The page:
5. The phrase "to consult with the Japanese Government" in connection with questions of pledging the local taxes for raising loans and the loans for the construction of railways, in Eastern Inner Mongolia, which is similar to the agreement in Manchuria relating to the matters of the same kind, may be replaced by the phrase "to consult with the Japanese capitalists."
The article relating to the opening of trade marts in Eastern Inner Mongolia in respect to location and regulations, may, following their precedent set in Shantung, be the subject of an exchange of notes.
6. From the phrase "those interested in the Company" in Group III of the revised list of demands, the words "those interested in" may be deleted.
7. The Japanese version of the Formal Agreement and its annexes shall be the official text or both the Chinese and Japanese shall be the official texts.
Chinese Reply to Japanese Ultimatum, 8 May 1915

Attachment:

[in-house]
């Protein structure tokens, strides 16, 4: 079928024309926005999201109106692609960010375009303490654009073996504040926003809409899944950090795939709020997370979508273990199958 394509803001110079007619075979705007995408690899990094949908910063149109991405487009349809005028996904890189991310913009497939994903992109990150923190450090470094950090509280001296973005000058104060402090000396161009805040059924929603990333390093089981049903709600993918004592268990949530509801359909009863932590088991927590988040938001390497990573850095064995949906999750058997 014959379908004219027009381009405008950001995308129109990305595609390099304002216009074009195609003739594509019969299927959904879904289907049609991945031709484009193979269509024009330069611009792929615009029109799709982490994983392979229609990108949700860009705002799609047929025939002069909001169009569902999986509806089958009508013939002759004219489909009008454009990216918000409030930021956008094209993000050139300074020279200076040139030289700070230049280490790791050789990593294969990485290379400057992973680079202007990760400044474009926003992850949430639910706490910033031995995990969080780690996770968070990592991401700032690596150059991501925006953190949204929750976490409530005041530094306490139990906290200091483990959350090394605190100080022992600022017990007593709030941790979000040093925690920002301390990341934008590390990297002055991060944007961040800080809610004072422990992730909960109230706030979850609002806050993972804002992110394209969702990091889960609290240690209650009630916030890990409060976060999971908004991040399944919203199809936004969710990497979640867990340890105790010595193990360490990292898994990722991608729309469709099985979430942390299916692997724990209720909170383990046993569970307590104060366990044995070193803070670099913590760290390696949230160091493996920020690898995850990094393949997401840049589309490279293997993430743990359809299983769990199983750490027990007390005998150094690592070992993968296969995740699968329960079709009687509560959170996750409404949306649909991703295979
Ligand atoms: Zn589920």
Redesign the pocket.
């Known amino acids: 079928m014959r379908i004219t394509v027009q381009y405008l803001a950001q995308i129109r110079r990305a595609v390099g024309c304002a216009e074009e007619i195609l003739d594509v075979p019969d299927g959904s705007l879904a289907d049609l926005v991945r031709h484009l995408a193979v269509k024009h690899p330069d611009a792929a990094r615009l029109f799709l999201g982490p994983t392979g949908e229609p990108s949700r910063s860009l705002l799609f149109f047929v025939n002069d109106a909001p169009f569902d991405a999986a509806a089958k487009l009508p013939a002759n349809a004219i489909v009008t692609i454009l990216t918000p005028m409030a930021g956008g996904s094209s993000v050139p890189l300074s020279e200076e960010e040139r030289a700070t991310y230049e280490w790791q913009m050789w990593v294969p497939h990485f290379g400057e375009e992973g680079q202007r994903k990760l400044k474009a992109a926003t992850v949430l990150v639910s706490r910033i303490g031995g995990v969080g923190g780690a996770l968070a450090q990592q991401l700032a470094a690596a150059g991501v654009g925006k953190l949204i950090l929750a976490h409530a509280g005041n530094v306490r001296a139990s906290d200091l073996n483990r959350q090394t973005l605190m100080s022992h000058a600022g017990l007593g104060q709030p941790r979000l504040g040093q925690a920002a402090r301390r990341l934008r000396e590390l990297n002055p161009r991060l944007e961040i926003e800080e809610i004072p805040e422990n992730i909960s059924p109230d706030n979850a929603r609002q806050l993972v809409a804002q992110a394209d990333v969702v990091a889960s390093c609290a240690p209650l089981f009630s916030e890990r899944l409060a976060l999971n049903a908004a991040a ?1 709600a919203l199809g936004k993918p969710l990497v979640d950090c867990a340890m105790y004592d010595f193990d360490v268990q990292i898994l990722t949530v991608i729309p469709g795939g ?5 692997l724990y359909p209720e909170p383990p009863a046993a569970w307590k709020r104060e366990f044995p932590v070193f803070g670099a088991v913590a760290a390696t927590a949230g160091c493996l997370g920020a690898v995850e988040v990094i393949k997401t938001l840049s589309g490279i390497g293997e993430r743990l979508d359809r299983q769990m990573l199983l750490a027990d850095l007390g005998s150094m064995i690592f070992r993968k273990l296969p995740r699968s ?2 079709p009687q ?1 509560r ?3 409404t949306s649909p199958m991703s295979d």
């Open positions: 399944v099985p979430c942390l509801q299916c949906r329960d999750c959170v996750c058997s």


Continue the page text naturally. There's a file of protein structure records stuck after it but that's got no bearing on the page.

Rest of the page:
On the 7th of this month, at three o'clock P.M., the Chinese Government received an Ultimatum from the Japanese Government together with an Explanatory Note of seven articles.
The Ultimatum concluded with the hope that the Chinese Government by six o'clock P.M. on the 9th of May will give a satisfactory reply, and it is hereby declared that if no satisfactory reply is received before or at the specified time, the Japanese Government will take steps she may deem necessary.
The Chinese Government with a view to preserving the peace of the Far East hereby accepts, with the exception of those five articles of Group V postponed for later negotiations, all the articles of Groups I, II, III, and IV and the exchange of notes in connection with Fukien Province in Group V as contained in the revised proposals presented on the 26th of April, and in accordance with the Explanatory Note of seven articles accompanying the Ultimatum of the Japanese Government with the hope that thereby all the outstanding questions are settled, so that the cordial relationship between the two countries may be further consolidated.
The Japanese Minister is hereby requested to appoint a day to call at the Ministry of Foreign Affairs to make the literary improvement of the text and sign the Agreement as soon as possible.